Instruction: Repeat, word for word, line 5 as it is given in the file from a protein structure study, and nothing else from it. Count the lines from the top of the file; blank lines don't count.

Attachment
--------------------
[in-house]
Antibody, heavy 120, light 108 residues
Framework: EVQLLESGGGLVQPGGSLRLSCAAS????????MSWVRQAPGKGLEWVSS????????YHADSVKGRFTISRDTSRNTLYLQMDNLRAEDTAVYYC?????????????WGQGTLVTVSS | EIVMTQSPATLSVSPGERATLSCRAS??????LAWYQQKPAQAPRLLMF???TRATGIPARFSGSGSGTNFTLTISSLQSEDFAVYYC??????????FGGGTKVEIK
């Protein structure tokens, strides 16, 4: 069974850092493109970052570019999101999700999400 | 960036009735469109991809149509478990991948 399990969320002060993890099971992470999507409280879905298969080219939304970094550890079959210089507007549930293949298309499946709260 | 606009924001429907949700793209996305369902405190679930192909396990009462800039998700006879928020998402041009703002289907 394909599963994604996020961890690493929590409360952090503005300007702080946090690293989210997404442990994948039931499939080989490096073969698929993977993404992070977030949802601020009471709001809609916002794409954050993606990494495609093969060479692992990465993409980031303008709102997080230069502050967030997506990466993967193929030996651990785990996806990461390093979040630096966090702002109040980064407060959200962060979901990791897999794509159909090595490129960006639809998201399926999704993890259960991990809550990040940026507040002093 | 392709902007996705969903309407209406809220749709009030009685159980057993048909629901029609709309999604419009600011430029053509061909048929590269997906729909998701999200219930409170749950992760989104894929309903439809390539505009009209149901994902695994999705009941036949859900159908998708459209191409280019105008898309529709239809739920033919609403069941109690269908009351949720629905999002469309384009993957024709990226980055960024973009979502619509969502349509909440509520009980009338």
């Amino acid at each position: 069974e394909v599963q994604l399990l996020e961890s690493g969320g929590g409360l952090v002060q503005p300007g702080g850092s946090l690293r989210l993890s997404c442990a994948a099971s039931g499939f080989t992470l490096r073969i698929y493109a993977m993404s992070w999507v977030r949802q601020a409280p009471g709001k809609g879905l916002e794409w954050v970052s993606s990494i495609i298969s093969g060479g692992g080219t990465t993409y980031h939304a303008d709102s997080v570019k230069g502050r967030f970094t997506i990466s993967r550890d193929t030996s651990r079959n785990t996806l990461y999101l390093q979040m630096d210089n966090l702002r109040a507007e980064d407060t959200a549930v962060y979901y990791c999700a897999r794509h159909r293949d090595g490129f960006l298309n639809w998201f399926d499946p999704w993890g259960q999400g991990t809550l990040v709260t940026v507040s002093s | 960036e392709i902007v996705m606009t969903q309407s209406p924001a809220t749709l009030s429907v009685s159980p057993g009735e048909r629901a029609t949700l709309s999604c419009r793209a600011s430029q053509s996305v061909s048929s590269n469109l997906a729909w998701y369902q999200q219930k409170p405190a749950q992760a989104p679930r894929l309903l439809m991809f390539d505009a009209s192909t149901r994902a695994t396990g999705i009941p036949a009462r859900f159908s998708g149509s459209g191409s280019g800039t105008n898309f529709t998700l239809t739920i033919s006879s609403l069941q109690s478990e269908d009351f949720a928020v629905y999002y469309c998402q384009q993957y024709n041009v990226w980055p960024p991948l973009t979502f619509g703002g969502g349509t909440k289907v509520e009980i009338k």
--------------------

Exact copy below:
């Amino acid at each position: 069974e394909v599963q994604l399990l996020e961890s690493g969320g929590g409360l952090v002060q503005p300007g702080g850092s946090l690293r989210l993890s997404c442990a994948a099971s039931g499939f080989t992470l490096r073969i698929y493109a993977m993404s992070w999507v977030r949802q601020a409280p009471g709001k809609g879905l916002e794409w954050v970052s993606s990494i495609i298969s093969g060479g692992g080219t990465t993409y980031h939304a303008d709102s997080v570019k230069g502050r967030f970094t997506i990466s993967r550890d193929t030996s651990r079959n785990t996806l990461y999101l390093q979040m630096d210089n966090l702002r109040a507007e980064d407060t959200a549930v962060y979901y990791c999700a897999r794509h159909r293949d090595g490129f960006l298309n639809w998201f399926d499946p999704w993890g259960q999400g991990t809550l990040v709260t940026v507040s002093s | 960036e392709i902007v996705m606009t969903q309407s209406p924001a809220t749709l009030s429907v009685s159980p057993g009735e048909r629901a029609t949700l709309s999604c419009r793209a600011s430029q053509s996305v061909s048929s590269n469109l997906a729909w998701y369902q999200q219930k409170p405190a749950q992760a989104p679930r894929l309903l439809m991809f390539d505009a009209s192909t149901r994902a695994t396990g999705i009941p036949a009462r859900f159908s998708g149509s459209g191409s280019g800039t105008n898309f529709t998700l239809t739920i033919s006879s609403l069941q109690s478990e269908d009351f949720a928020v629905y999002y469309c998402q384009q993957y024709n041009v990226w980055p960024p991948l973009t979502f619509g703002g969502g349509t909440k289907v509520e009980i009338k």